Success with greenhouse growing
Alan Titchmarsh shares his advice for getting the most out of your greenhouse, so you can enjoy growing all year-round, whatever the weather
Alan shares tips on getting the most from the gardener’s glassy sanctuary
A greenhouse is something of a sanctuary for the gardener – a place to be enjoyed in all weathers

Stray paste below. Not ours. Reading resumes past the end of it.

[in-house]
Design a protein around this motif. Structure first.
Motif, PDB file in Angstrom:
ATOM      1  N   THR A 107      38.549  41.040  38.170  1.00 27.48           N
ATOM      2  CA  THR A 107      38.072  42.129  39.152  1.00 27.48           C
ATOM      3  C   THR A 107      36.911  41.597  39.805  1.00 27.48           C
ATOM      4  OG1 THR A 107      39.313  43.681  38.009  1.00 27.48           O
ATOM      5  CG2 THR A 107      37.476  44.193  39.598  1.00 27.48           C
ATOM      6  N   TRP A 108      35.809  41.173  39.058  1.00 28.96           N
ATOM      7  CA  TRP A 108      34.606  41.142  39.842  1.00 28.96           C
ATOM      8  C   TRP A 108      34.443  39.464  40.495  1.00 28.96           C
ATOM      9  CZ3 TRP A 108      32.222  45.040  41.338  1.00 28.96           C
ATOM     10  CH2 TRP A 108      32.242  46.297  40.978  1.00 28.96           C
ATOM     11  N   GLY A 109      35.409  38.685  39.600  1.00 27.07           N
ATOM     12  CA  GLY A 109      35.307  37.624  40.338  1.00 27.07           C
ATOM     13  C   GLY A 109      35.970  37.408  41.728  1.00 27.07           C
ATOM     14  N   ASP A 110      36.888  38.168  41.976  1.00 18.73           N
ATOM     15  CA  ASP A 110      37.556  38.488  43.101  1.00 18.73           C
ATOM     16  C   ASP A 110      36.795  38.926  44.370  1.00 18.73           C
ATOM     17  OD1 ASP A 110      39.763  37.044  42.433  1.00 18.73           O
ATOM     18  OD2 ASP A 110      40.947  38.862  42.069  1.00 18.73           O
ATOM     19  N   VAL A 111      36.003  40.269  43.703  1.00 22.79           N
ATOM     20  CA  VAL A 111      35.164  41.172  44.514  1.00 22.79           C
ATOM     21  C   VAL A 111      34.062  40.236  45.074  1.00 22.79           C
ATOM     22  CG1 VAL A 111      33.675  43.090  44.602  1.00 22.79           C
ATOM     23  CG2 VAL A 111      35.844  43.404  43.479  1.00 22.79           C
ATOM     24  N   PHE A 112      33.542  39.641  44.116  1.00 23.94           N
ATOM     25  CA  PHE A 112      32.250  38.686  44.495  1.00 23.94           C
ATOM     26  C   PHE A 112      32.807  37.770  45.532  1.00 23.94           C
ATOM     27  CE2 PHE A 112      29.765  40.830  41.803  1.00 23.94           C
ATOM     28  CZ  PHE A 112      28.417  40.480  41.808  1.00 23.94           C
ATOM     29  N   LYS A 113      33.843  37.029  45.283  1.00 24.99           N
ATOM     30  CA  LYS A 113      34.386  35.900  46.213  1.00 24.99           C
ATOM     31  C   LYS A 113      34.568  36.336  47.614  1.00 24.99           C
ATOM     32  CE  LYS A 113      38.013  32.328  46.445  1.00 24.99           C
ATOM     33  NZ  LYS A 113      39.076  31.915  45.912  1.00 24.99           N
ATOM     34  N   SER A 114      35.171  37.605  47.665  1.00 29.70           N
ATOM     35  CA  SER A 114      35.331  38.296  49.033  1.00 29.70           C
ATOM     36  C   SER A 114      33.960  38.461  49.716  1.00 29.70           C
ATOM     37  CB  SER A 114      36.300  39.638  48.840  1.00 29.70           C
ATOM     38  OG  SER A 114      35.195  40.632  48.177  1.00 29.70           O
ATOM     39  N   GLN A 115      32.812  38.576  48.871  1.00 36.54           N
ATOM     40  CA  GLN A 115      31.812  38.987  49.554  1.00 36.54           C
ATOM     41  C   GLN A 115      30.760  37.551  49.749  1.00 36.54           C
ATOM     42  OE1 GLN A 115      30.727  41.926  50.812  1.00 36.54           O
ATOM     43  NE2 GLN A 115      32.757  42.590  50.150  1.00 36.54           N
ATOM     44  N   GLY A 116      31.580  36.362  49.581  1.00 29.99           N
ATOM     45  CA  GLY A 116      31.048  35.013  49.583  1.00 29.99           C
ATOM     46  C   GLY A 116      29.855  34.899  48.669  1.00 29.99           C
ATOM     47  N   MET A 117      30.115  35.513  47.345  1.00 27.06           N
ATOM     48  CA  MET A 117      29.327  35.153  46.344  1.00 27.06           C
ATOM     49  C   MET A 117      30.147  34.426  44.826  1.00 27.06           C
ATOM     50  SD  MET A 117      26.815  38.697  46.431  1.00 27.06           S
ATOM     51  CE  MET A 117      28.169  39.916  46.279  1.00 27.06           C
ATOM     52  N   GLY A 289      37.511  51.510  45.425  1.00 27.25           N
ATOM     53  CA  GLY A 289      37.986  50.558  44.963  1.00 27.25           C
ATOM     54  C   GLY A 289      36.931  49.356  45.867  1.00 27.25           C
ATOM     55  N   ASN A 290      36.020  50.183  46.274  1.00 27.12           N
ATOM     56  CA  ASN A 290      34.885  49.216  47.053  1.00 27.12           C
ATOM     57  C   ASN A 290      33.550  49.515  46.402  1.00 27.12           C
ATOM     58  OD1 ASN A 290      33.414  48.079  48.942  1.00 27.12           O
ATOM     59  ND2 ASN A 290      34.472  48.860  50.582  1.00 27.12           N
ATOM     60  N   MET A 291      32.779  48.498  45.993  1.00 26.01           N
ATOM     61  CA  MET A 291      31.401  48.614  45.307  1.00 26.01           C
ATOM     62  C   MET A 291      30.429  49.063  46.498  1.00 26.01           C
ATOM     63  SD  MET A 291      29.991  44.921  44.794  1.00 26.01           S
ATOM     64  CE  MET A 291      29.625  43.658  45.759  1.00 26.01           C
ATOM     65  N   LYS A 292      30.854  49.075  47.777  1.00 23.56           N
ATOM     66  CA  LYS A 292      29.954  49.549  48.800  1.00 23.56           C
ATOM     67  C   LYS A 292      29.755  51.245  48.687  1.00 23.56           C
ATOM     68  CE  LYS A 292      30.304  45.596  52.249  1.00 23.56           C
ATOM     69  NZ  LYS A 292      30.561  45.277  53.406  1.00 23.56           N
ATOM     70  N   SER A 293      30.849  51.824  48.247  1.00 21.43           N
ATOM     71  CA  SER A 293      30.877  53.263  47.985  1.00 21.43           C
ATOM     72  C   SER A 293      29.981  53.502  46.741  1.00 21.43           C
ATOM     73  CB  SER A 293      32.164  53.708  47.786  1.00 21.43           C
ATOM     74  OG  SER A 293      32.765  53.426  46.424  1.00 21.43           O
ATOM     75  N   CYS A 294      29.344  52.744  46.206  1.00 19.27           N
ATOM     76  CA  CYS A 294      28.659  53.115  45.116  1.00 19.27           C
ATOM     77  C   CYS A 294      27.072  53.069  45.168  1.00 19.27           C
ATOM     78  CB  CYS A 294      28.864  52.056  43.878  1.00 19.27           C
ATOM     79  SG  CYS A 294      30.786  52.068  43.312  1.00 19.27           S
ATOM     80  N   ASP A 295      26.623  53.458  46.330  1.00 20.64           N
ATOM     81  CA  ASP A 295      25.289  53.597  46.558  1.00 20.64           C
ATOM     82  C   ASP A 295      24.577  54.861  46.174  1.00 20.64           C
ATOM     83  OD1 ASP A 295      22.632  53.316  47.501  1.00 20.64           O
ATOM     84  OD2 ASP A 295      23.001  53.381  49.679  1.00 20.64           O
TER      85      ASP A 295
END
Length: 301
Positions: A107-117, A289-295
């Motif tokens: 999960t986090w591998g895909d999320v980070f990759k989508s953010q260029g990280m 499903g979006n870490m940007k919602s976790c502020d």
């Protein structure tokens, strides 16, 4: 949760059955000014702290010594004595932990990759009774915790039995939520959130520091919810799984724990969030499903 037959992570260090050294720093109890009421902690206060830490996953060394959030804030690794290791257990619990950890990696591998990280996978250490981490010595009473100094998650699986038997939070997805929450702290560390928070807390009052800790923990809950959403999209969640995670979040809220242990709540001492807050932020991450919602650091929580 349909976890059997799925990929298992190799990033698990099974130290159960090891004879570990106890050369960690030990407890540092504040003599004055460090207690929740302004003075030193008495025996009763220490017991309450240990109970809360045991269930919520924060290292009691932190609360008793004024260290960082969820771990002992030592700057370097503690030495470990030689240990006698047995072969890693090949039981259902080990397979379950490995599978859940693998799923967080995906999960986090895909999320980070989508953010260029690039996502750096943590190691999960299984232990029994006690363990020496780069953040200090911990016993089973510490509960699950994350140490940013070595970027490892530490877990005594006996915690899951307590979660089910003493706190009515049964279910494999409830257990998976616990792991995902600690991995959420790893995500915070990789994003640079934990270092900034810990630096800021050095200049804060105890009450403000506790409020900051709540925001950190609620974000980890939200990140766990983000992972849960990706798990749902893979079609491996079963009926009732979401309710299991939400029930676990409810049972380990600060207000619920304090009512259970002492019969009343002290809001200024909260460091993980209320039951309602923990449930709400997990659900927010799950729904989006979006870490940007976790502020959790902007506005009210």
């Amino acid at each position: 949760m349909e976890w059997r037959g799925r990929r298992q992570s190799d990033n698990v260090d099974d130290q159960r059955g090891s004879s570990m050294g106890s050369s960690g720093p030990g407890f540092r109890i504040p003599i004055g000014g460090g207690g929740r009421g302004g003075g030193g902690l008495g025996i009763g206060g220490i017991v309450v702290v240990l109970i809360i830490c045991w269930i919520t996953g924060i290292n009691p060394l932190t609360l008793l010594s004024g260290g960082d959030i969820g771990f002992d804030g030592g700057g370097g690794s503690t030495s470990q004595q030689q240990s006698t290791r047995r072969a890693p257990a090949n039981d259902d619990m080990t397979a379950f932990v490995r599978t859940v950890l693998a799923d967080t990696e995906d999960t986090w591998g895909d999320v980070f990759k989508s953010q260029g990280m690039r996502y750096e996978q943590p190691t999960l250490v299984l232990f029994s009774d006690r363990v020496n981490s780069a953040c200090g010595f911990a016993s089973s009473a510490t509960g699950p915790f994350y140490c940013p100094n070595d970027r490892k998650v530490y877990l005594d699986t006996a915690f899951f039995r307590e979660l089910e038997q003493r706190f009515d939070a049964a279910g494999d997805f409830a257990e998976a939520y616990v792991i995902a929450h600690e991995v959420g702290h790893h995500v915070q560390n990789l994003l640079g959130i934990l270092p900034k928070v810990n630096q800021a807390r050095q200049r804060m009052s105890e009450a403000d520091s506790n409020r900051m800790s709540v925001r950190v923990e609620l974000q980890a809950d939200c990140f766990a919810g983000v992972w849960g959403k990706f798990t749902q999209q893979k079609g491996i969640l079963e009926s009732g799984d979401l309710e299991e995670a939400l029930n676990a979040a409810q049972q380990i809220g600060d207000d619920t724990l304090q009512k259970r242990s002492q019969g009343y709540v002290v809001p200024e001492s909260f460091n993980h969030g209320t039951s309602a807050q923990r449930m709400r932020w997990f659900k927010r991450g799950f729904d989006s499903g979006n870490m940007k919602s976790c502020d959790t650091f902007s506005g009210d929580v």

To call a greenhouse ‘ the cathedral of the garden’ might be stretching things a bit. After all, a 6ft by 8ft glass box is a far cry from Westminster Abbey. But there is something about even the smallest of greenhouses that offers a kind of hallowed atmosphere. It becomes not simply a place to grow plants that would otherwise fail to thrive out in the open, but also something of a sanctuary for the gardener – a space to be enjoyed in all weathers, and an opportunity to grow tomatoes, peppers cucumbers and aubergines, as well as exotic ornamental plants, and you don’t need to run up a heating bill that would make a Russian oligarch blench. If you long for tomatoes weeks before they are ready in the garden, or if you want to overwinter tender pelargoniums and other bright-flowered plants; if you fancy col lecting cacti, succulents, streptocarpus or tender fuchsias; if you yearn for cucumbers and melons at your bidding, or a grapevine yielding succulent fruits, then a greenhouse is a must. In colder parts of the country, a greenhouse is even more valuable than in the milder south, as it will extend your growing season. It will allow you to start plants – such as dahlias, tender vegetable seedlings and bedding plugs – into growth earlier than they could be risked outdoors. It will also prolong the growing season when the nights turn chilly. A greenhouse also enables you to grow a host of exotic plants that might otherwise be off limits, for example, citrus fruits and banana plant s can be overwintered under cover and put out in summer. Under the covering of glass – even if it is kept just frost free – a part of your garden is opened up for year-round use and entertainment.